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Inspired by Chico, addressing climate change

Art
Brazil
Climate
Activism
Chamada installation

ChamadaFromChicoMendes (detail) © Kooj Chuhan

Chico Mendes in 1988

Art and activism come together in a new installation curated by Kooj Chuhan. 

The life and death of Chico Mendes (1944-88), the Brazilian trade-union leader and environmental activist who fought for indigenous rights and to preserve the Amazon rainforest, and who was assassinated by a rancher at just 44 years of age, remains a national hero and inspiration for many.

Artist Kooj Chuhan is one of them. Inspired by Mendes, he decided to convene an installation that would highlight art, environmental action and social justice in the same spirit of collaboration with which Mendes acted as he innovated ways of dealing with complex and messy social and political circumstances.

The name of the art installation, Chamada, means ‘A Call to Action’ in Portuguese. Of the 20 artists from four continents who answered Kooj’s call for submissions, a dozen artists and groups were chosen to take part, including climate change activist and UN Youth Representative Marian Osman from Somalia, and the Bangladesh Krishok Foundation.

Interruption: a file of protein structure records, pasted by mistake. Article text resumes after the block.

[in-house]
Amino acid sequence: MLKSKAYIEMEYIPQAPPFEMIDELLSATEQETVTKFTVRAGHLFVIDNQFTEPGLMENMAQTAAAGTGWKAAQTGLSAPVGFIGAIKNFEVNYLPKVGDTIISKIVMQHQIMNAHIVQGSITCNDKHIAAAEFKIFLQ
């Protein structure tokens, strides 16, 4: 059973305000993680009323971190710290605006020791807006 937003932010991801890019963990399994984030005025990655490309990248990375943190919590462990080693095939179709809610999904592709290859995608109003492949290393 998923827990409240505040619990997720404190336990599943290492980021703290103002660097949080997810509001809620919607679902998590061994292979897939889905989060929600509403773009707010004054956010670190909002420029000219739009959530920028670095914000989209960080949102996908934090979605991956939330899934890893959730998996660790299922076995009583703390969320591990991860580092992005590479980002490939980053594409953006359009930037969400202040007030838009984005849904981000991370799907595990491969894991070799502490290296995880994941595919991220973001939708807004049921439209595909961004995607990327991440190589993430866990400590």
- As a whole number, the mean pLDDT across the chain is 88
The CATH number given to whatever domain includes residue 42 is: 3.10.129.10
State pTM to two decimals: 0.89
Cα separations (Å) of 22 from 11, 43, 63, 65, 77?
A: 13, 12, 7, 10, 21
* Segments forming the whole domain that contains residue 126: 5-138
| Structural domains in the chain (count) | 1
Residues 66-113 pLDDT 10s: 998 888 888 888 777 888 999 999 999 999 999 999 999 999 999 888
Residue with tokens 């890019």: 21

Installation maskEach of the contributing artists has specific stories to tell that resonate with Mendes’ story and complement his legacy. Collaboration was key for Kooj: ‘I liaised with a number of artists and documentary filmmakers and got their interest, contribution and support for this composite work,’ he says. ‘It feels to me like a new way forward for people across the world to produce cultural meaning together.

‘This is a playable, interactive installation. Visitors encounter a range of objects they can play like instruments, which spark off videos, music and poetry from different artists and environmental activists. Chamada connects parallel experiences, analyses and contexts. The project is an alternative to the usual “language” and descriptions of climate/environment found in artworks… In a way it is a piece inspired by carnival ideas and “participatoriness”. It’s the idea that art can allow fluidity between community, so-called high art and activism, as well as academic research. That’s my contention.’

Kooj’s installation “Chamada from Chico Mendes” is at Durham Art Gallery, England, from 5 June to 6 July 2015.

Top Photo: Chico  Mendes in 1998, photographed by Miranda Smith. 

Bottom Photo: ChicoVideoMask. Photo copyright Kooj Chuhan.

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